Think positive – Rather than say, ‘This is going to be hard so I can’t do it’, think, ‘I know I can do it even though realistically I know it might be hard’. If you have tried to stop smoking before and failed, think, ‘Where did I go wrong and what can I learn from it so that next time I will accomplish what I set out to do?’ Also, tell yourself that the cravings may be hard but they will not last forever.
Set a date – Choose a date to stop smoking. Tell your family and friends you are going to stop smoking, and stick to that date. Write the date on your calendar and if necessary a piece of paper and have the date in mind with the thought you are going to take positive steps to improve your life and health from that date onwards – tell yourself repeatedly what the benefits are going to be.
Remove all traces of cigarettes – Leading up to that date, remove all traces of cigarettes from your house so that on the date you have chosen to stop smoking, there isn’t anything in your house to tempt you. Make yourself a promise not to even have a drag of a cigarette should you be out socializing or should you be in other circumstances that might make you cave in.
Write down your personal reasons for stopping – Think of all long/short term benefits of stopping. Google the ‘benefits of stopping smoking’ & related topics & see what you can find out, there are many good reasons to stop smoking apart from health, such as things you can do to replace the time smoking takes up. Carry this list with you leading up to stopping smoking and also after you stop smoking so that you can remind yourself of the reasons you have stopped if you experience initial cravings.
Make goals & reward lists of what you would like to do with money saved – Like buying garden plants, home improvements, spa breaks, holidays etc. Again, carry this list with you.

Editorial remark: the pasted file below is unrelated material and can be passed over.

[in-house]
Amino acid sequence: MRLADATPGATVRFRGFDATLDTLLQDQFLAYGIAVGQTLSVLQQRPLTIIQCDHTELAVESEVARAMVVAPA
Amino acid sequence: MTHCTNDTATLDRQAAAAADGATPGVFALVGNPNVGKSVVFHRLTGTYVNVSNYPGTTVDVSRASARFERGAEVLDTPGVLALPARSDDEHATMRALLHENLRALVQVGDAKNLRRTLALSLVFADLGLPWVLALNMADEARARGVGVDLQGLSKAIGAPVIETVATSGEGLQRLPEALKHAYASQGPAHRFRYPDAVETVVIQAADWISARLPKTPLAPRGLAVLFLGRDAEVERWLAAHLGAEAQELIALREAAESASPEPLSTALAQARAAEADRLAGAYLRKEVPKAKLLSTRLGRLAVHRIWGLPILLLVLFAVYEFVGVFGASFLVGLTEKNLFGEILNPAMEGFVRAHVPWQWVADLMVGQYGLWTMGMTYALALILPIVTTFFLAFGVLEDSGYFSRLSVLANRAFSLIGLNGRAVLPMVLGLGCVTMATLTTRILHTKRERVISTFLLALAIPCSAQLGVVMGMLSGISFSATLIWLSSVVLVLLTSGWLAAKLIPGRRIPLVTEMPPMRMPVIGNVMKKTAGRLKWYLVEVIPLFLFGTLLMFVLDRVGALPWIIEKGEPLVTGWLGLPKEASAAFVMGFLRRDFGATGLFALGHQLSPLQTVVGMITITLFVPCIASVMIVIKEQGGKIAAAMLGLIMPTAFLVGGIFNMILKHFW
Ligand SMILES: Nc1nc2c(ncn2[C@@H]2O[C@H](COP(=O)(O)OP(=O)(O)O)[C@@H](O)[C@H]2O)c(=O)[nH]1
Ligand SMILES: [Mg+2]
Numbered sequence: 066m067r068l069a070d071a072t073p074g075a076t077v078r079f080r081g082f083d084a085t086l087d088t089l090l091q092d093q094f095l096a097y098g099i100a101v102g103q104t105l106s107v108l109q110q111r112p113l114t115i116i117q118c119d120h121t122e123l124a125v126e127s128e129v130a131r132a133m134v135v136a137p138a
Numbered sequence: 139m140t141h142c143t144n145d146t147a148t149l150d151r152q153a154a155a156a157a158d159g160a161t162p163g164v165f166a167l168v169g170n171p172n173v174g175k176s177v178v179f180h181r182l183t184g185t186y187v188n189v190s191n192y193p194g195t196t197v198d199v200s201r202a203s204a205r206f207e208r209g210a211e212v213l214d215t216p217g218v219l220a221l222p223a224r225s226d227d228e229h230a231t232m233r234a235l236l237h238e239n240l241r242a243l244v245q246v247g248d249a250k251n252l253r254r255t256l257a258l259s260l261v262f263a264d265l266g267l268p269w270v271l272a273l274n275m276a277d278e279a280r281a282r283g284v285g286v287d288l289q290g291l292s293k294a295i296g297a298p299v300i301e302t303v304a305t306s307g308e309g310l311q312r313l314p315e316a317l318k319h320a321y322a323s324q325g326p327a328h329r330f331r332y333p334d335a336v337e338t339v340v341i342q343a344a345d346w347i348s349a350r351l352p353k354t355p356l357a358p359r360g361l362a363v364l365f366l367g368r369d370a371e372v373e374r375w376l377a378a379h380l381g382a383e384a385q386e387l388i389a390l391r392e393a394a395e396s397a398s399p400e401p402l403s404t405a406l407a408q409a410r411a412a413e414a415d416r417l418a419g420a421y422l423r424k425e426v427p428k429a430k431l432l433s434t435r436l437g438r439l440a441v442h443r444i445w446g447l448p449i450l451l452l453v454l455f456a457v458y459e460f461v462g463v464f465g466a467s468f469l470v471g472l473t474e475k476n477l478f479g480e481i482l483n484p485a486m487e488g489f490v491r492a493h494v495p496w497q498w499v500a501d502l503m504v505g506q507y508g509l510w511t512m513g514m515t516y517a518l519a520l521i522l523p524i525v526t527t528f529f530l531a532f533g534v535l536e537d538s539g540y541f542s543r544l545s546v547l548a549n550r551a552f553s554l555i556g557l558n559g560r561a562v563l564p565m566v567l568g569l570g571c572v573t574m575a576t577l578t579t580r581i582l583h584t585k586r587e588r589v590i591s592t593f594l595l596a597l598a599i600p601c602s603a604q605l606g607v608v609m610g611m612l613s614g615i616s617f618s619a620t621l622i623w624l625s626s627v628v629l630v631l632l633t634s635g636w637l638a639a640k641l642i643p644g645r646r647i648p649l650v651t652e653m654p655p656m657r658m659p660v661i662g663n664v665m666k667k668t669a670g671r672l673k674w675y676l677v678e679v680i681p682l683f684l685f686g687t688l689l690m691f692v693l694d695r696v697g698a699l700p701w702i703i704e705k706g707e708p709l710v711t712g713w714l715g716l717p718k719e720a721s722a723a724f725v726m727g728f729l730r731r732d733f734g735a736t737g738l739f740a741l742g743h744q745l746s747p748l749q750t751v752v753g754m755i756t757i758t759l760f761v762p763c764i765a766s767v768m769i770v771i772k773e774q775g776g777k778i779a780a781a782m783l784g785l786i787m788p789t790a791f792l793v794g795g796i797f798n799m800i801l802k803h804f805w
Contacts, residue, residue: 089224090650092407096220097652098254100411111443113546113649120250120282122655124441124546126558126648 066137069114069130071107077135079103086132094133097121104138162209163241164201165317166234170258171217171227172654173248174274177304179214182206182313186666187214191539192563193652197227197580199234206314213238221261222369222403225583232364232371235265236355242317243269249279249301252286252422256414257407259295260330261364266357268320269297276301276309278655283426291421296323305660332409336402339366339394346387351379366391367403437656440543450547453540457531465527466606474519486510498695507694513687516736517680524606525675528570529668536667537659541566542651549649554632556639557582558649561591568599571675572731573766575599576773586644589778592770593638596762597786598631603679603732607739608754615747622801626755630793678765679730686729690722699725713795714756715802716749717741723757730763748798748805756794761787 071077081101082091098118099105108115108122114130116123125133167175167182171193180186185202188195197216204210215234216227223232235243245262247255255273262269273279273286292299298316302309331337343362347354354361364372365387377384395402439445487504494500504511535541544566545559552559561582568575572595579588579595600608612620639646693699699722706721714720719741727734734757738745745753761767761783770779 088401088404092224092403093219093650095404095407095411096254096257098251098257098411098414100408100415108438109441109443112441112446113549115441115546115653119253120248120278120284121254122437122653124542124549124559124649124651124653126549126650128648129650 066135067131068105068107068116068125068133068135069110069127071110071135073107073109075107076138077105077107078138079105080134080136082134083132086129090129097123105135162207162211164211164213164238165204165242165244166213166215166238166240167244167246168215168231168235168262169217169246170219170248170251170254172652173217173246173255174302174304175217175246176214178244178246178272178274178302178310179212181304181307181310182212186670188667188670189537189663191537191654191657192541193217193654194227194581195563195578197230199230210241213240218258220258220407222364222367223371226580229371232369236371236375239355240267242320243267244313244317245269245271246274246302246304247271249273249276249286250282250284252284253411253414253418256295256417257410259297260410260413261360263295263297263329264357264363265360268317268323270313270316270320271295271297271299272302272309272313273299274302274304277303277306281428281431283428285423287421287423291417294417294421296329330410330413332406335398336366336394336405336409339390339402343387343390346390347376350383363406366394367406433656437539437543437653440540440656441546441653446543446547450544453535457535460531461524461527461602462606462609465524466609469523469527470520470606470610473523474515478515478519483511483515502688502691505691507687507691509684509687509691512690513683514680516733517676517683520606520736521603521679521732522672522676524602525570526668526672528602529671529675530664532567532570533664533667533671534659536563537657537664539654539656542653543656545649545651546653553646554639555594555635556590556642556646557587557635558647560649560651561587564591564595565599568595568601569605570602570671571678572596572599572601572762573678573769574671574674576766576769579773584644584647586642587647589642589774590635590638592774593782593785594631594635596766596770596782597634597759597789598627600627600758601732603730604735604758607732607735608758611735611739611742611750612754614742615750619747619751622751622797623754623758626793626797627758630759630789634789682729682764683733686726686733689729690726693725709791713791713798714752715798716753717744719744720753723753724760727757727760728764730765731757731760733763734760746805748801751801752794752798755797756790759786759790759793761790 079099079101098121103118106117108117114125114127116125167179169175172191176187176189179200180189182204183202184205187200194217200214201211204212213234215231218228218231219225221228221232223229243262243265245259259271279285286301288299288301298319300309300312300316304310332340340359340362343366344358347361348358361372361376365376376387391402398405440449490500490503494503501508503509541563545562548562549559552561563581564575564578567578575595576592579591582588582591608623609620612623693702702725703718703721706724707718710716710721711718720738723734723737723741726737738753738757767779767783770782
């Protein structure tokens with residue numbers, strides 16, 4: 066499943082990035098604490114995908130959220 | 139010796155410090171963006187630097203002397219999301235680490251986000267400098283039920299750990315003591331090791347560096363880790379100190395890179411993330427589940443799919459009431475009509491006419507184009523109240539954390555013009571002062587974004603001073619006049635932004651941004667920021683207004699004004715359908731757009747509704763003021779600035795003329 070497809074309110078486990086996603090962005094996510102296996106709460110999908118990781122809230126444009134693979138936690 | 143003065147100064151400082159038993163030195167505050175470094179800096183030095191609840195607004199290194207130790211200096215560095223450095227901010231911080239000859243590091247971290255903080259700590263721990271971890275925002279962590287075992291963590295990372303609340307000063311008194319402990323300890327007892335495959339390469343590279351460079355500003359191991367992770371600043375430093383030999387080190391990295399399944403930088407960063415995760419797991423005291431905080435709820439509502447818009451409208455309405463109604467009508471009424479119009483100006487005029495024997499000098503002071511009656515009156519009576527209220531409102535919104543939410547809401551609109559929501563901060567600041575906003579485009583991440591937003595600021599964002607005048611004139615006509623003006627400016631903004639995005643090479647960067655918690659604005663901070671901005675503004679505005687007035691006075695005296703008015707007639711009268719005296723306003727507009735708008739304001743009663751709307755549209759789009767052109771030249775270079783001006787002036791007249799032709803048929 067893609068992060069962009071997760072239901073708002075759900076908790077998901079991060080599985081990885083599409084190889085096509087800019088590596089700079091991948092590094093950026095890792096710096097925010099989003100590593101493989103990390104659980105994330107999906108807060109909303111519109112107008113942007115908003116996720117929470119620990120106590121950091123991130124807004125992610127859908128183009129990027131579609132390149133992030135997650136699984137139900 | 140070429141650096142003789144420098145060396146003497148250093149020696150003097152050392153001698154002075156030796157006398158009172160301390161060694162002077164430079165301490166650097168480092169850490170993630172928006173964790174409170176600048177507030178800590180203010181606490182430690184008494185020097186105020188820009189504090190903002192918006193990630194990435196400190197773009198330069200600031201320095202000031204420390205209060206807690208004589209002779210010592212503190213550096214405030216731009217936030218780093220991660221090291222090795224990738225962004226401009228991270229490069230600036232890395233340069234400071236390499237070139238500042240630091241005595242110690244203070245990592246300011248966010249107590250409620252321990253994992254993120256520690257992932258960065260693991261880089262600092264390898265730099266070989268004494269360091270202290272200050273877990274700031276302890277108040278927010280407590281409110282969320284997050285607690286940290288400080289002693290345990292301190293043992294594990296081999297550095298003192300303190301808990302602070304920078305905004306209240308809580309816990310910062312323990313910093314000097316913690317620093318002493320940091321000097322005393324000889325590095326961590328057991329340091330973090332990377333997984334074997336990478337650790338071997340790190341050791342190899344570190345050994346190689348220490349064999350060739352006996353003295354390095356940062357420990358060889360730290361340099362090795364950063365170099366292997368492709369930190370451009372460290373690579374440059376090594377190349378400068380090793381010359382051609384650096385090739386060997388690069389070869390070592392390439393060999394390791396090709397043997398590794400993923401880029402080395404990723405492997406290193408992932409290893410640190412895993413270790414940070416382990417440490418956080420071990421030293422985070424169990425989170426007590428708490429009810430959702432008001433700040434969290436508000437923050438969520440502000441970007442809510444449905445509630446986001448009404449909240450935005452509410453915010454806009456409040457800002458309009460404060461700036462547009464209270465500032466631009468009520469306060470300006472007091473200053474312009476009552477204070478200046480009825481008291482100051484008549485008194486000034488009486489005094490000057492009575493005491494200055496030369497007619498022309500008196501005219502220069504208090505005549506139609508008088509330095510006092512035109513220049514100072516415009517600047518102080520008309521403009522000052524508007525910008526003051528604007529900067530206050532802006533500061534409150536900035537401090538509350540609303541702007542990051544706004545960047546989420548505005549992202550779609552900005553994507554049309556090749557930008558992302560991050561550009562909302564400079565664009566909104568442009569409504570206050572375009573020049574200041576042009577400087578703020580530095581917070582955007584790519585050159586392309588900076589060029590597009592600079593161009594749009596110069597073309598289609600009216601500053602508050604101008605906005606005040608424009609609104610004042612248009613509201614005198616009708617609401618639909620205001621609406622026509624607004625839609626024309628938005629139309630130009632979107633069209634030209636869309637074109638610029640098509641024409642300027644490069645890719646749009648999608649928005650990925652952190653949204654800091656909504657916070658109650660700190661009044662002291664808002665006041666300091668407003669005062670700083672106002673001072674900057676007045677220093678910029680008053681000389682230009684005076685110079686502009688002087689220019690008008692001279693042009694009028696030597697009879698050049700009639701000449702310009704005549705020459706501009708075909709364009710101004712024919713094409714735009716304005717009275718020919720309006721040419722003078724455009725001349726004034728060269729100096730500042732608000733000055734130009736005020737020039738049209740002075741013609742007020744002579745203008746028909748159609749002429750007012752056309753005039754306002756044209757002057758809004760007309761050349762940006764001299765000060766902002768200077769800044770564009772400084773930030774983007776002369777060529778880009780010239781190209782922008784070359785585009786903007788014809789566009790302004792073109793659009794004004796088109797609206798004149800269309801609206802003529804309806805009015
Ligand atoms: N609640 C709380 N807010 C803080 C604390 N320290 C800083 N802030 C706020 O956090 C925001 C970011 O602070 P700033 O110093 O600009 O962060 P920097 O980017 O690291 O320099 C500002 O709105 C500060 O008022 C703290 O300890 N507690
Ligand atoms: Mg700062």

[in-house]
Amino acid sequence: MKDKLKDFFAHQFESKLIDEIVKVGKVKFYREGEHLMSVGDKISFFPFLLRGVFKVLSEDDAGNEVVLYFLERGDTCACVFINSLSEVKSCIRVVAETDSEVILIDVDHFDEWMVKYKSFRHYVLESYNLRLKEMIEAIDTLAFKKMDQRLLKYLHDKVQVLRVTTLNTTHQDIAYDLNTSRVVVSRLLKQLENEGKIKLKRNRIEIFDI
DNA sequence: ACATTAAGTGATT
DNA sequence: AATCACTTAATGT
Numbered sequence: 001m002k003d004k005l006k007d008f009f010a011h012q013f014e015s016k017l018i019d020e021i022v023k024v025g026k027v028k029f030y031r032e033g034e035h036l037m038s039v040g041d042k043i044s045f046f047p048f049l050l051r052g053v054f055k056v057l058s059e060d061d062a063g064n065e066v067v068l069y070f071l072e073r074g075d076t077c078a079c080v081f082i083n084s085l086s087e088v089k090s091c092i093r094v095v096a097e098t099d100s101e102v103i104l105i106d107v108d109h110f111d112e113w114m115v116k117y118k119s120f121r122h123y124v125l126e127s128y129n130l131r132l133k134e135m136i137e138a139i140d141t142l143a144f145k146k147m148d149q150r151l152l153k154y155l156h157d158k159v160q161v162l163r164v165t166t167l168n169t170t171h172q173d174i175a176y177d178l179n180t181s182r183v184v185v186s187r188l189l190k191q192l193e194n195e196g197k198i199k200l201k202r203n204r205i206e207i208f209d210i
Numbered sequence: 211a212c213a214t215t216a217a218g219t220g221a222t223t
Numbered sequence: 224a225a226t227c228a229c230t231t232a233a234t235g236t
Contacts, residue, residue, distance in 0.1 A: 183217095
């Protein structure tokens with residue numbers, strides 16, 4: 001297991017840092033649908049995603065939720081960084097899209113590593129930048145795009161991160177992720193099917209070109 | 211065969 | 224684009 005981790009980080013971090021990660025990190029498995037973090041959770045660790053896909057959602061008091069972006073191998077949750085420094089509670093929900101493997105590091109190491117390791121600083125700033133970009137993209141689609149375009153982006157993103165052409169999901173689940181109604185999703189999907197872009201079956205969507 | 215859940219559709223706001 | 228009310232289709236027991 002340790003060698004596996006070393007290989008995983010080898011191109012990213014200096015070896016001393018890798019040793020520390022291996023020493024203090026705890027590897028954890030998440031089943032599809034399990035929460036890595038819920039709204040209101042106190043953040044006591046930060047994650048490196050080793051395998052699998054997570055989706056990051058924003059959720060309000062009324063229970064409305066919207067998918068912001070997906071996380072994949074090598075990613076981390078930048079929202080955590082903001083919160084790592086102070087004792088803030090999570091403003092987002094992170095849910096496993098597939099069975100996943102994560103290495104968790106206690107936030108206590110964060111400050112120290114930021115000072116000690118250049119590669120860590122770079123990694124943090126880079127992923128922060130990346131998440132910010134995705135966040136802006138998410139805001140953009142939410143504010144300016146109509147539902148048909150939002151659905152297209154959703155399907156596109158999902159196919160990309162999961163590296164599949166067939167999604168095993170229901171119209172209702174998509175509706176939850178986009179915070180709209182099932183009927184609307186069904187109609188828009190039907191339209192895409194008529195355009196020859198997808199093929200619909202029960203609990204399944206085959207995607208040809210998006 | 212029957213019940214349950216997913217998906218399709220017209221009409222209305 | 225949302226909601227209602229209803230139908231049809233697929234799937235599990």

Think about the times you have a cigarette & then think what you could do to replace that activity – Like going for walk or eating a carrot stick. Take a note of the new activities & remind yourself of them regularly. By doing this you are taking control of those trigger points that would usually have you reaching for a cigarette. Look ahead to times when you are more likely to give in, for example, a party & then plan your actions/escape routes in advance.
Know yourself – Think about when you are more likely to give in, such as when you are tired or stressed and think of ways to combat that. Cravings don’t last for long. The NHS recommend thinking up five minute strategies to avoid giving into cravings.
Look at how you eat & drink & plan to eat healthy snacks so you don’t replace one addiction for another (i.e. sugar cravings) – Invest in a good Low GI book which will explain healthy eating/drinking. Drink more water and juice (keep to recommended daily quantities of juice). Some people find simply changing their food and drink helps, because some foods make cigarettes taste horrible. Eating more fruit and vegetables can help. Also when socializing, switching from a wine to a vodka and tomato juice can help reduce or stop the need to reach for a cigarette. Try googling NHS tips for stopping smoking for more information.
Exercise – Exercise helps with nicotine cravings – think about end goals – getting fitter, getting healthier, living longer.
Google ‘foods that help you quit smoking’ or ‘stop craving cigarettes’ e.g. sunflower seeds can help with nicotine cravings*.
*Also see Martha Ashelman’s book, ‘Stop Smoking Naturally’.
Finally, tell yourself continually that you can and will do it!!
See links below for more articles or click on images on the right (or below for smaller screens) for Article Categories.